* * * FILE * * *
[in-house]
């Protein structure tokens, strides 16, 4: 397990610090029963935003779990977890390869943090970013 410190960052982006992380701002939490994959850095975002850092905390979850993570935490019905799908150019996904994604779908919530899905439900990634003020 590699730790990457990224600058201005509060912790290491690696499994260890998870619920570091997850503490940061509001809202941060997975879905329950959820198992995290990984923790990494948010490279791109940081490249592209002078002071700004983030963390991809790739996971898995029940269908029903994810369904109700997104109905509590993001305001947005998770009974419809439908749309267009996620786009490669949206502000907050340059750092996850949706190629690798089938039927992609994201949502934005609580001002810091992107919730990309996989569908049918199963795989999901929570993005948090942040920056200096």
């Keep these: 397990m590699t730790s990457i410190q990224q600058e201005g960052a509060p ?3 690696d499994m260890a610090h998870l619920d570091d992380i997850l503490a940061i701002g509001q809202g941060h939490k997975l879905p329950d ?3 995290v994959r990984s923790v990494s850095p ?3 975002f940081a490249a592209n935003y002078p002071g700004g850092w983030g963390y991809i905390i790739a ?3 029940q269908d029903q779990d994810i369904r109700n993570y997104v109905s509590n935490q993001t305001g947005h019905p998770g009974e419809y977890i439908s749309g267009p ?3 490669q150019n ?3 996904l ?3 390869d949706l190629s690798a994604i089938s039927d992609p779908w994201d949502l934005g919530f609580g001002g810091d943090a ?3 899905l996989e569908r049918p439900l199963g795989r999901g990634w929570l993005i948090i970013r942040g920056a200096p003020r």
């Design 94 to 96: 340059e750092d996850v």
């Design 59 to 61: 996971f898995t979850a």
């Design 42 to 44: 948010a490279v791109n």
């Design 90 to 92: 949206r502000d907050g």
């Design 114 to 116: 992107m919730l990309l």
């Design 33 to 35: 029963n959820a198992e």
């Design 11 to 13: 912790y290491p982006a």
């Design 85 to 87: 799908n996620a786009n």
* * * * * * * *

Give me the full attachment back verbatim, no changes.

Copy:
[in-house]
């Protein structure tokens, strides 16, 4: 397990610090029963935003779990977890390869943090970013 410190960052982006992380701002939490994959850095975002850092905390979850993570935490019905799908150019996904994604779908919530899905439900990634003020 590699730790990457990224600058201005509060912790290491690696499994260890998870619920570091997850503490940061509001809202941060997975879905329950959820198992995290990984923790990494948010490279791109940081490249592209002078002071700004983030963390991809790739996971898995029940269908029903994810369904109700997104109905509590993001305001947005998770009974419809439908749309267009996620786009490669949206502000907050340059750092996850949706190629690798089938039927992609994201949502934005609580001002810091992107919730990309996989569908049918199963795989999901929570993005948090942040920056200096």
């Keep these: 397990m590699t730790s990457i410190q990224q600058e201005g960052a509060p ?3 690696d499994m260890a610090h998870l619920d570091d992380i997850l503490a940061i701002g509001q809202g941060h939490k997975l879905p329950d ?3 995290v994959r990984s923790v990494s850095p ?3 975002f940081a490249a592209n935003y002078p002071g700004g850092w983030g963390y991809i905390i790739a ?3 029940q269908d029903q779990d994810i369904r109700n993570y997104v109905s509590n935490q993001t305001g947005h019905p998770g009974e419809y977890i439908s749309g267009p ?3 490669q150019n ?3 996904l ?3 390869d949706l190629s690798a994604i089938s039927d992609p779908w994201d949502l934005g919530f609580g001002g810091d943090a ?3 899905l996989e569908r049918p439900l199963g795989r999901g990634w929570l993005i948090i970013r942040g920056a200096p003020r």
């Design 94 to 96: 340059e750092d996850v």
């Design 59 to 61: 996971f898995t979850a």
């Design 42 to 44: 948010a490279v791109n």
């Design 90 to 92: 949206r502000d907050g």
């Design 114 to 116: 992107m919730l990309l």
């Design 33 to 35: 029963n959820a198992e």
């Design 11 to 13: 912790y290491p982006a």
């Design 85 to 87: 799908n996620a786009n």